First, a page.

“Our progress thus far has been significant. ADOC’s Investigations and Intelligence Division continues to make arrests for contraband and unlawful drug possession. We are also pleased to share that our efforts to attract a stronger security workforce have been fruitful, and we anticipate sharing the tangible results of these recruitment initiatives in the coming months. A larger staff comprised of qualified officers and high-quality healthcare professionals will not only help create and sustain safer, more secure facilities, but also better prepare inmates for re-entry into society through improved rehabilitative programming.”
“While sentencing reform and other policy initiatives are legislative issues currently being examined by Governor Ivey’s Study Group on Criminal Justice, to directly address crowding the ADOC will construct new regional correctional complexes designed to meet a variety of correctional missions as described in our strategic plan. We are keenly aware that new facilities alone are not a comprehensive solution to all of the issues affecting Alabama prisons; however, we are confident that improved infrastructure to house incarcerated individuals coupled with increased staffing and stronger rehabilitation programs will improve safety and living conditions across the board. ADOC continues to strive for developments in the management of our inmate population in a safe and secure manner.”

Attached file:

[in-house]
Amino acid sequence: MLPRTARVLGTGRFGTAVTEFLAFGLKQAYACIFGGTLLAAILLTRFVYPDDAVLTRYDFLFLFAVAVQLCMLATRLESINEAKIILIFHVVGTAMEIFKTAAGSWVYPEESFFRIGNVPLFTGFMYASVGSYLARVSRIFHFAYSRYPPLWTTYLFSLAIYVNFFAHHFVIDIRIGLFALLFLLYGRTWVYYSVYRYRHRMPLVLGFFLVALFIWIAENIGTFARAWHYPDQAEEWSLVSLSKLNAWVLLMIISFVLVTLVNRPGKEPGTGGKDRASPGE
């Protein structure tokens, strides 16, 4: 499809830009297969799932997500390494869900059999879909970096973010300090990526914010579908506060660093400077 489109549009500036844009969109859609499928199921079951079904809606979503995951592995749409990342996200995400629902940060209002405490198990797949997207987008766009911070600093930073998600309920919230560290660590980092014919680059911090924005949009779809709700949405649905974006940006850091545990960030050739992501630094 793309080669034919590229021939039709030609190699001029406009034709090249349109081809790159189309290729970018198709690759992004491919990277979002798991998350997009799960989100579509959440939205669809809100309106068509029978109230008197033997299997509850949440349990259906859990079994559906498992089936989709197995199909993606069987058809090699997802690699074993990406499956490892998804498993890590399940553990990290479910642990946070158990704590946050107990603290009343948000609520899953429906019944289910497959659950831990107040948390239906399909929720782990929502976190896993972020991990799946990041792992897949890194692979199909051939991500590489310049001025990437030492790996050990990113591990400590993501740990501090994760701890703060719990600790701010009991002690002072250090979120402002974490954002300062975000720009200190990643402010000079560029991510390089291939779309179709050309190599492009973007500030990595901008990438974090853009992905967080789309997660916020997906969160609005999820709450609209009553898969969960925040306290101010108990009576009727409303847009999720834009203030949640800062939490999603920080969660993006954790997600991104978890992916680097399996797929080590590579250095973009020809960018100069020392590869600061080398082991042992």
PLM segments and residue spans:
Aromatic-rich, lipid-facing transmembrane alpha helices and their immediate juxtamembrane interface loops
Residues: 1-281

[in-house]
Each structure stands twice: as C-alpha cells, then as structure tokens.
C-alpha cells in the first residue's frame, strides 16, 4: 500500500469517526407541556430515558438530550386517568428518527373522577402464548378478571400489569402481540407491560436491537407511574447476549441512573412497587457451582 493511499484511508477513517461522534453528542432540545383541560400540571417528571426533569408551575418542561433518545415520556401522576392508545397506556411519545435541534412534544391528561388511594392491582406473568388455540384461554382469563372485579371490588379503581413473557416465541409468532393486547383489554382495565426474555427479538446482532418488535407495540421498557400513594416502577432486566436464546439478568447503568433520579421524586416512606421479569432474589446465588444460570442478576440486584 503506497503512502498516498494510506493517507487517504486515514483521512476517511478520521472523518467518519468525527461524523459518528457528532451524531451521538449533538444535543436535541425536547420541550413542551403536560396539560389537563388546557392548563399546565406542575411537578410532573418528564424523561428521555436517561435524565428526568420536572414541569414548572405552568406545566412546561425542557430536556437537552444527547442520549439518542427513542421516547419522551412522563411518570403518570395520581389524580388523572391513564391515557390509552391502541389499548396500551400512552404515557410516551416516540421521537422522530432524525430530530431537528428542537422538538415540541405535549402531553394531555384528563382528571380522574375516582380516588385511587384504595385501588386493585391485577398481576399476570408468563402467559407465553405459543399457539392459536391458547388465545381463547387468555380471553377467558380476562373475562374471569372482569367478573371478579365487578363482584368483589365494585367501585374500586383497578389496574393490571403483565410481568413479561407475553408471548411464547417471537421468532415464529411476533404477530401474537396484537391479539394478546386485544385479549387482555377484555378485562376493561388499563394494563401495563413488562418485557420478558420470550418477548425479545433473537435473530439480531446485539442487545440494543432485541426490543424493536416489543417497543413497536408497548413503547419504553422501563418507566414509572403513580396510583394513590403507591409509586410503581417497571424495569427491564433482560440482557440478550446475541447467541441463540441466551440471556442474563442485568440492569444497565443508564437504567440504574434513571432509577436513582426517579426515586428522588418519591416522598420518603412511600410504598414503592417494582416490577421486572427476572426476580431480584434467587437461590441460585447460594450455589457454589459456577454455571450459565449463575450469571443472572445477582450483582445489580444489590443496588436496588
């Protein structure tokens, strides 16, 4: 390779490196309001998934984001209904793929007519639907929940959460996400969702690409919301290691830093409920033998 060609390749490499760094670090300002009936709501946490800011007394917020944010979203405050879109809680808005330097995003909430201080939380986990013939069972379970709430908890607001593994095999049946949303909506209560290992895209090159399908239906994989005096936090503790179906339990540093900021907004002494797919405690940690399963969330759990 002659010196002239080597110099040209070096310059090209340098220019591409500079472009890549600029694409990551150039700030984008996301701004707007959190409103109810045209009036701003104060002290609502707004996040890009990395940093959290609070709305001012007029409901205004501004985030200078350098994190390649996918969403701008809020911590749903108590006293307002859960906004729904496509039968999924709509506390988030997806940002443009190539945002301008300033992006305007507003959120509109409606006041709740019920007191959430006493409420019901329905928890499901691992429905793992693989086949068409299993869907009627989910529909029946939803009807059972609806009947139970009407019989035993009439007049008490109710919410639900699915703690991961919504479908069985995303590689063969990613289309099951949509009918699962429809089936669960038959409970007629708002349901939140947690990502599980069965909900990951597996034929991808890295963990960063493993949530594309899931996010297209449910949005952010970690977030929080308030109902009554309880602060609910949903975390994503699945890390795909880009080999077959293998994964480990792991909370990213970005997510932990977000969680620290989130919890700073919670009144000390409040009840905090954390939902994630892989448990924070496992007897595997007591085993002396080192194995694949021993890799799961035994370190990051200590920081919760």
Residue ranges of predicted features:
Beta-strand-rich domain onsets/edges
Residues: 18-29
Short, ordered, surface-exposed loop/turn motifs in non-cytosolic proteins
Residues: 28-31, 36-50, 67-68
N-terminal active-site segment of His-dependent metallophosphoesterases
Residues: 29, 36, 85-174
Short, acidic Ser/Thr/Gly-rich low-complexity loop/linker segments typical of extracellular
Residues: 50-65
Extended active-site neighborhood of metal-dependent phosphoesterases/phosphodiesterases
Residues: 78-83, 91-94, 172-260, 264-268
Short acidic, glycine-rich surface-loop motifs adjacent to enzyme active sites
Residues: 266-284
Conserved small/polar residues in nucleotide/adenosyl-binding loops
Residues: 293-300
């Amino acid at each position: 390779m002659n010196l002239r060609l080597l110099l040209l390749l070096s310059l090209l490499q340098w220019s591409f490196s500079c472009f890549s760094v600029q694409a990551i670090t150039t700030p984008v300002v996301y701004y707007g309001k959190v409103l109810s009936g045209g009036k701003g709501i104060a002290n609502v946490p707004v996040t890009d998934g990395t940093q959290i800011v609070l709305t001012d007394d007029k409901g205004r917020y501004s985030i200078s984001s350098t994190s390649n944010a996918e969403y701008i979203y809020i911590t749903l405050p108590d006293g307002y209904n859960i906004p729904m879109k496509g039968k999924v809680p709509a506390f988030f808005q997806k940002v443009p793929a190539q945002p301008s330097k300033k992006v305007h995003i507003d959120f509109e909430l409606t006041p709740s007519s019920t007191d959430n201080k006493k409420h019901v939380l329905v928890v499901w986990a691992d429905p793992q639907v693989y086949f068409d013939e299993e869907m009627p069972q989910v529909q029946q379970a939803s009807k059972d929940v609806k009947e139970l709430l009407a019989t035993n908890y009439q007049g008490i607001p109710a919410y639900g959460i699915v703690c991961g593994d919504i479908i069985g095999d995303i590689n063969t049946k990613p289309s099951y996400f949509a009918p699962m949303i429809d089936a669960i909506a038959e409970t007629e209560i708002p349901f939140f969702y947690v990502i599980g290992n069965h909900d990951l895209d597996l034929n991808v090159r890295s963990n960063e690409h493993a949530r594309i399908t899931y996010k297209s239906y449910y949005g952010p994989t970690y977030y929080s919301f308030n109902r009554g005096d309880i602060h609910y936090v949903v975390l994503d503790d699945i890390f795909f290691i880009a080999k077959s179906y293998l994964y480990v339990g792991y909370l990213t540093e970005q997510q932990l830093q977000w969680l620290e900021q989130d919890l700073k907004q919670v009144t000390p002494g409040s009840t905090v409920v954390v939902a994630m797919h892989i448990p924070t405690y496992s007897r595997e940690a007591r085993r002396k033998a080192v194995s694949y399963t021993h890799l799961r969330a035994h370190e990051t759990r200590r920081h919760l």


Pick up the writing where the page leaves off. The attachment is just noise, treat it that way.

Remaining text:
“We remain focused on these efforts and affecting positive, transformational change across the state’s correctional facilities.”